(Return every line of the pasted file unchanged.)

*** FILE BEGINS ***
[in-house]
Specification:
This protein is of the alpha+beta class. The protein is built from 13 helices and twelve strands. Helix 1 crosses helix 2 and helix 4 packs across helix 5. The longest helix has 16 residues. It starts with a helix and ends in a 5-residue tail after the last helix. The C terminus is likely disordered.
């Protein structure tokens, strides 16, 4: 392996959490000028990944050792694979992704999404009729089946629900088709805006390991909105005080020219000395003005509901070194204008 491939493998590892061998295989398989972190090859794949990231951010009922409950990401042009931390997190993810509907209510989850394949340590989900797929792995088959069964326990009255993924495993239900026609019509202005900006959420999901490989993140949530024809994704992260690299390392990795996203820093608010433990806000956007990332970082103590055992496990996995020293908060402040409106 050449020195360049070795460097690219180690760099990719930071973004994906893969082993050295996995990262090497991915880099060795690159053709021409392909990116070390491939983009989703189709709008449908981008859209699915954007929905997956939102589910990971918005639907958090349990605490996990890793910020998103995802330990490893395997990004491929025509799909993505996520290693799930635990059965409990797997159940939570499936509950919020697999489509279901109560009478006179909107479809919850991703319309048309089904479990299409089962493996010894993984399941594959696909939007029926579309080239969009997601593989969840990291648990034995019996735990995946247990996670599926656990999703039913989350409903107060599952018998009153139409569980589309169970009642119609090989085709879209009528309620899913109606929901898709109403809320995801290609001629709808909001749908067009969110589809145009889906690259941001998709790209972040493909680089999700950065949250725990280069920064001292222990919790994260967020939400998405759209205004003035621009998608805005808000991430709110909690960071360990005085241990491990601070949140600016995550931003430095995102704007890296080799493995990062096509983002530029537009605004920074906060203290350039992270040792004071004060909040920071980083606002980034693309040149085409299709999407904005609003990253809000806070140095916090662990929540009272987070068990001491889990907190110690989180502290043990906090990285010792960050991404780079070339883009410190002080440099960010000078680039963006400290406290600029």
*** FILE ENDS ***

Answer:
[in-house]
Specification:
This protein is of the alpha+beta class. The protein is built from 13 helices and twelve strands. Helix 1 crosses helix 2 and helix 4 packs across helix 5. The longest helix has 16 residues. It starts with a helix and ends in a 5-residue tail after the last helix. The C terminus is likely disordered.
């Protein structure tokens, strides 16, 4: 392996959490000028990944050792694979992704999404009729089946629900088709805006390991909105005080020219000395003005509901070194204008 491939493998590892061998295989398989972190090859794949990231951010009922409950990401042009931390997190993810509907209510989850394949340590989900797929792995088959069964326990009255993924495993239900026609019509202005900006959420999901490989993140949530024809994704992260690299390392990795996203820093608010433990806000956007990332970082103590055992496990996995020293908060402040409106 050449020195360049070795460097690219180690760099990719930071973004994906893969082993050295996995990262090497991915880099060795690159053709021409392909990116070390491939983009989703189709709008449908981008859209699915954007929905997956939102589910990971918005639907958090349990605490996990890793910020998103995802330990490893395997990004491929025509799909993505996520290693799930635990059965409990797997159940939570499936509950919020697999489509279901109560009478006179909107479809919850991703319309048309089904479990299409089962493996010894993984399941594959696909939007029926579309080239969009997601593989969840990291648990034995019996735990995946247990996670599926656990999703039913989350409903107060599952018998009153139409569980589309169970009642119609090989085709879209009528309620899913109606929901898709109403809320995801290609001629709808909001749908067009969110589809145009889906690259941001998709790209972040493909680089999700950065949250725990280069920064001292222990919790994260967020939400998405759209205004003035621009998608805005808000991430709110909690960071360990005085241990491990601070949140600016995550931003430095995102704007890296080799493995990062096509983002530029537009605004920074906060203290350039992270040792004071004060909040920071980083606002980034693309040149085409299709999407904005609003990253809000806070140095916090662990929540009272987070068990001491889990907190110690989180502290043990906090990285010792960050991404780079070339883009410190002080440099960010000078680039963006400290406290600029």